TORONTO – Montreal-based filmmaker Patrick Doyon heard the news that he’d been nominated for an Academy Award first thing Tuesday morning — and then the rest of his neighbourhood likely heard it too.
“I was screaming,” the 32-year-old laughed in a telephone interview shortly after the nominations were announced. “I was with my girlfriend and my daughter, and we were screaming in front of the computer.”
In fact, there was plenty of good cheer to go around as two National Film Board of Canada productions landed Oscar nominations for best animated short film.
Calgary-based filmmakers Amanda Forbis and Wendy Tilby earned the other nod for their Prairie-based picture “Wild Life,” while Doyon claimed the honour for his debut “Dimanche/Sunday.”
They’ll compete against “La Luna” from Pixar Animation Studios, “The Fantastic Flying Books of Mr. Morris Lessmore” (Moonbot Studios) and “A Morning Stroll” (Studio AKA).
“Dimanche/Sunday” is a winsome animated fable that follows a bored young boy trying to escape a dreary Sunday. Doyon says the film is based on his memory of his own childhood — specifically spending numbing grey afternoons after church with parents and grandparents — but injected with sufficient whimsy to keep the charming tale from being autobiographical.
The work was Doyon’s first professional short film — his only other credit being “Square Roots,” a three-minute film he crafted while a student of an NFB program for emerging filmmakers — so he greeted the nomination with awe.
“It is special,” he said, before joking: “I don’t expect that on every film.”
Forbis and Tilby, meanwhile, have more experience with the Oscars.
They were nominated together in the same category for their 1999 collaboration “When the Day Breaks,” while Tilby also received a nod for her 1991 short “Strings.”
Still, they were elated by the recognition.
“It doesn’t get old,” said Tilby, 51, on the line from Calgary.
“On a personal level, it’s just so gratifying because we spent years on it and went through a lot of insecurities about whether it’s working, whether it’s understood, whether it touches people at all.”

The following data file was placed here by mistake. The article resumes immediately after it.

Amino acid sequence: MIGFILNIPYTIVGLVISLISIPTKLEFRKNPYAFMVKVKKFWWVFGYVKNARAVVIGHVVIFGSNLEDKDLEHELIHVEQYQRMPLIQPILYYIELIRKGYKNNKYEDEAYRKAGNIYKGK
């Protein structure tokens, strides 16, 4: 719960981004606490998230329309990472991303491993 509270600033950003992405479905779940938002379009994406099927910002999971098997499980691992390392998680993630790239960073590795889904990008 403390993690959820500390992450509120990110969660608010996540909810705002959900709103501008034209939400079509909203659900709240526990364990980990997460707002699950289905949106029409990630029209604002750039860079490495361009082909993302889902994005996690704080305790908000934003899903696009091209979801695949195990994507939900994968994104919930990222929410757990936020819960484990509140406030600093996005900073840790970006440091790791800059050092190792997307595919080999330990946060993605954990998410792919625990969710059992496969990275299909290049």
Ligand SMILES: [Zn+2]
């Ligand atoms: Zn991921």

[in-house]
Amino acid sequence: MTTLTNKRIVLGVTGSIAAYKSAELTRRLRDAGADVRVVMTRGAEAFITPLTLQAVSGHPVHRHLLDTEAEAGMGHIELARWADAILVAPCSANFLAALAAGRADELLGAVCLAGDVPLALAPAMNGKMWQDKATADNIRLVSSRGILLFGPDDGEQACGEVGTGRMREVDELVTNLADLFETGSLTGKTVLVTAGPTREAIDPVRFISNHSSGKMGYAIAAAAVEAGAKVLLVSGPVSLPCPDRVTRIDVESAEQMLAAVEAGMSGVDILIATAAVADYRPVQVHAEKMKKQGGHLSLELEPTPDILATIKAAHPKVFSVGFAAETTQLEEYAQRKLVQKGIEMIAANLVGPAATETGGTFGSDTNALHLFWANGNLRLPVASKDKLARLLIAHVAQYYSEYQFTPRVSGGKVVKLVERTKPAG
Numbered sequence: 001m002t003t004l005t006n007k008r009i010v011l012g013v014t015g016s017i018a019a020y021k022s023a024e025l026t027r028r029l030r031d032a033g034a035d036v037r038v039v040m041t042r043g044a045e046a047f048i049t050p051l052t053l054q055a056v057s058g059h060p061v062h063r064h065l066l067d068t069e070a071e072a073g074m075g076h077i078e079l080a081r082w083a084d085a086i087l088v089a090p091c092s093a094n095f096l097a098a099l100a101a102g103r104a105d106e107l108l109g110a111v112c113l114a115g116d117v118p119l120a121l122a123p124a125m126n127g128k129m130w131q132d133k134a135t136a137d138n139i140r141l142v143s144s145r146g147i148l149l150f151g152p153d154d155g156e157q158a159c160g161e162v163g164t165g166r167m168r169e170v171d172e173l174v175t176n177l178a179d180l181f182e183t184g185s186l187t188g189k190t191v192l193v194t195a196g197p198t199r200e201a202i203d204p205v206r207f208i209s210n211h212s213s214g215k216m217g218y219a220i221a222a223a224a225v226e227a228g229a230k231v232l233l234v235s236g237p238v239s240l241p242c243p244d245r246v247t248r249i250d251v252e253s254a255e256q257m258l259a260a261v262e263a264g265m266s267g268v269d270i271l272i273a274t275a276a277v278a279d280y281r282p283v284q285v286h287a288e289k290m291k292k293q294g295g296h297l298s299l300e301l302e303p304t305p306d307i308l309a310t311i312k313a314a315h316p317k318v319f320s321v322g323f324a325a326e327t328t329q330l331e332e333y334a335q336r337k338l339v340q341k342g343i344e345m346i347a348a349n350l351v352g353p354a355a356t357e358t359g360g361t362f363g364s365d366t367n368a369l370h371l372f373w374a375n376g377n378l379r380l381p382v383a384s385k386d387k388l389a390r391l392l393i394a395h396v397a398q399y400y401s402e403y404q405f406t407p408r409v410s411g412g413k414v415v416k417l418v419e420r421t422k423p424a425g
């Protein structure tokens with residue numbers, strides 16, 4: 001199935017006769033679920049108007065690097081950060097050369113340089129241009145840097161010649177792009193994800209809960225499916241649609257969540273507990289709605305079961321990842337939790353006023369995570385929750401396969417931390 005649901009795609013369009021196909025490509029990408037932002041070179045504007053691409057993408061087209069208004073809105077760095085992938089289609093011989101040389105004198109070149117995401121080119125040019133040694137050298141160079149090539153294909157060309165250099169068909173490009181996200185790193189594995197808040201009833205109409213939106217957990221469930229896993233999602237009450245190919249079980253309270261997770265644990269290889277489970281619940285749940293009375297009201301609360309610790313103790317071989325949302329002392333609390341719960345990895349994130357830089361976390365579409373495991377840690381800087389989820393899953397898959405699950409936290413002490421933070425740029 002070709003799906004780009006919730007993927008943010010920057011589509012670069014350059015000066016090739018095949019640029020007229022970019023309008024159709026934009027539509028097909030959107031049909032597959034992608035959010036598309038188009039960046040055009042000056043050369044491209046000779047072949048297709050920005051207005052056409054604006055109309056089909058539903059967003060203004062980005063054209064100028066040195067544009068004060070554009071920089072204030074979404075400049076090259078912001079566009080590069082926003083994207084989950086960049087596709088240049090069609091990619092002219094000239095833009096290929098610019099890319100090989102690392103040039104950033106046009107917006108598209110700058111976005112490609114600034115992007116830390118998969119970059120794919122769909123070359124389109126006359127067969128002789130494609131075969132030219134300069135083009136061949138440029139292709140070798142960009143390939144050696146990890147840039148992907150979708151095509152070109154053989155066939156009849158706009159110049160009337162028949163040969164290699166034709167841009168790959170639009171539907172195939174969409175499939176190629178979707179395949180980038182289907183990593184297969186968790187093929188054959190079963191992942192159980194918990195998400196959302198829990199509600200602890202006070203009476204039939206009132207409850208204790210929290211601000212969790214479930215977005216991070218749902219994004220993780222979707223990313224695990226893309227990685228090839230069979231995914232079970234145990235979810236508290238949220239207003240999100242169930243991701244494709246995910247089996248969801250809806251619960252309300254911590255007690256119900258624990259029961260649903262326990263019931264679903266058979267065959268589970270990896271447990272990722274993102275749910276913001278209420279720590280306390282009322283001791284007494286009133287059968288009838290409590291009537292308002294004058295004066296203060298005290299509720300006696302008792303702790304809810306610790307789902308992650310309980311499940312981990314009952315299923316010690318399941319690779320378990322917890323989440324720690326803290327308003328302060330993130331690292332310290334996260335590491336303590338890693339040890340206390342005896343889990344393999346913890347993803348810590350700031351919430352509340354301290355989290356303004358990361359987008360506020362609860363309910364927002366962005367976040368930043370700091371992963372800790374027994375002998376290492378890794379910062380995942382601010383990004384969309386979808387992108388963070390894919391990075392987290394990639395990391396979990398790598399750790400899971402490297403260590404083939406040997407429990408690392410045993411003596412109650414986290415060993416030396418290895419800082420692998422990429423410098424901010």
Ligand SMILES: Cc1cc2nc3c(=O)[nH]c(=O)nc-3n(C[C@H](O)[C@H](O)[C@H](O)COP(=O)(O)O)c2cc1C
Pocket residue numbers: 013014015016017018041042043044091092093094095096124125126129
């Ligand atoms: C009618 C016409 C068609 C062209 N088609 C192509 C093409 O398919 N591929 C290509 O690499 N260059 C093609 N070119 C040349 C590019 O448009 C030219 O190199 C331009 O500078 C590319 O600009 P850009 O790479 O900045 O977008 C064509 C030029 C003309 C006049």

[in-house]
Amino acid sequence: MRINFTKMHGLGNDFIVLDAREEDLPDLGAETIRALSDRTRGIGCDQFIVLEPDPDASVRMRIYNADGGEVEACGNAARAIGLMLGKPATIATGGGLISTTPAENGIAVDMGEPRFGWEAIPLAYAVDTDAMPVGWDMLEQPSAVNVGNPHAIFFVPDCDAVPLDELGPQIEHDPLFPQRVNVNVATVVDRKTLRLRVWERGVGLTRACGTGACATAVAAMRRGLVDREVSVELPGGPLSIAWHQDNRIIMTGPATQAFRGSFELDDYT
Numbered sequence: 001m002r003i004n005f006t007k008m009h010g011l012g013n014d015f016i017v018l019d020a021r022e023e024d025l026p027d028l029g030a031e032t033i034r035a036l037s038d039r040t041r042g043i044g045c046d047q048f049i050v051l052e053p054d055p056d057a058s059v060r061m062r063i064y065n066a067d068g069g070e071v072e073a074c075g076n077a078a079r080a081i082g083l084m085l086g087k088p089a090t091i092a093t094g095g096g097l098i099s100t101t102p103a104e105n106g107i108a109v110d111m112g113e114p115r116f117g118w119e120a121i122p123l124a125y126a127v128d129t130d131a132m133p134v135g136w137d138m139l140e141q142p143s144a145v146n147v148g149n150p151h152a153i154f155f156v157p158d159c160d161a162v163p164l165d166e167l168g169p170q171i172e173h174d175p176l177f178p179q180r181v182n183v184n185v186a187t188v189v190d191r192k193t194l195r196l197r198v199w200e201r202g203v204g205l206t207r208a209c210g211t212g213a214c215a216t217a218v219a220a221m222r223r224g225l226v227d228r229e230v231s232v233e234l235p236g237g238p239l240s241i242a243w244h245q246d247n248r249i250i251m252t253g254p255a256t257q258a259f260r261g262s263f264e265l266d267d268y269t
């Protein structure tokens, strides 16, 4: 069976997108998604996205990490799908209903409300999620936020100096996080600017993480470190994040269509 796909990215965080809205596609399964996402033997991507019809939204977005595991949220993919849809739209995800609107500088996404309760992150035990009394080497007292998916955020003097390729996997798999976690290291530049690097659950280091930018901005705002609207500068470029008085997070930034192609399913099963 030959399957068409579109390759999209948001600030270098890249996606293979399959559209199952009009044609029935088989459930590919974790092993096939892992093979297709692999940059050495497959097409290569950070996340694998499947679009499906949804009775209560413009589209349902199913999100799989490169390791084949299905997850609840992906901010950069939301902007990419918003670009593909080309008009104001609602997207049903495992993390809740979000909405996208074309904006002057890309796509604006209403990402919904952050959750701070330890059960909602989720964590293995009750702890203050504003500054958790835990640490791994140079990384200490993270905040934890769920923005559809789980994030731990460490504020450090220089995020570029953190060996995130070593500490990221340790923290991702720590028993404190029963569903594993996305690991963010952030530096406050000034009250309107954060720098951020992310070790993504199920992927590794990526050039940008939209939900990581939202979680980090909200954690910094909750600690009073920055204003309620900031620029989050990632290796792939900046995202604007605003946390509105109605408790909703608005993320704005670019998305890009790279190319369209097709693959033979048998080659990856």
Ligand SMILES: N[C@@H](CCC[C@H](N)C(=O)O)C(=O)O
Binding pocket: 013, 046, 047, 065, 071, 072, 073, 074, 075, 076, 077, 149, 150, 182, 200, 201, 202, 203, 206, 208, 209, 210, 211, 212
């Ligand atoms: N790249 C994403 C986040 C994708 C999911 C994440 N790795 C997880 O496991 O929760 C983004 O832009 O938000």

Set in Alberta in 1909, “Wild Life” tells the story of an affluent Brit who immigrates to Western Canada to establish a ranching career, but finding himself devoid of practical skills, spends his time instead playing badminton, bird-watching and quaffing liquor.
The filmmakers were inspired by their own ancestors, Prairie-bound Englishmen who “did not fare very well” in their fumbled attempt at farming. They had been concerned that the sprightly short was too overtly Canadian to receive recognition from the Academy, but obviously they needn’t have worried.
“(It) certainly was a concern because it is such a deeply Canadian tale … (but) our hope was that you could really tell a story about anything and anywhere and if it’s well told, it would reach people,” Tilby said.
Oscar vets that they are, Tilby and Forbis can now begin preparing for the ceremony — which isn’t always a pleasant proposition.
“I think the last time we told ourselves: ‘We’re going to have fun, we’re going to treat this like a lark, we’re not going to take it too seriously,'” Tilby said. “And then as the day draws near, you get whipped up into a frenzy of nerves just at the prospect of having to stand up in front of however many billion people. Who can relax with that?
“So anyway, we’ll try to not dwell on that, because we have a very good chance of not having to get up.”
Interjected Forbis, 48: “It’s just all the preening that we find really terrifying. All the shopping you have to do, and making sure you look good, and the facials and the massages.”
“Men have it easy,” Tilby agreed. “You can just go and rent a tux.”
The 84th Academy Awards will take place Feb. 26 in Los Angeles.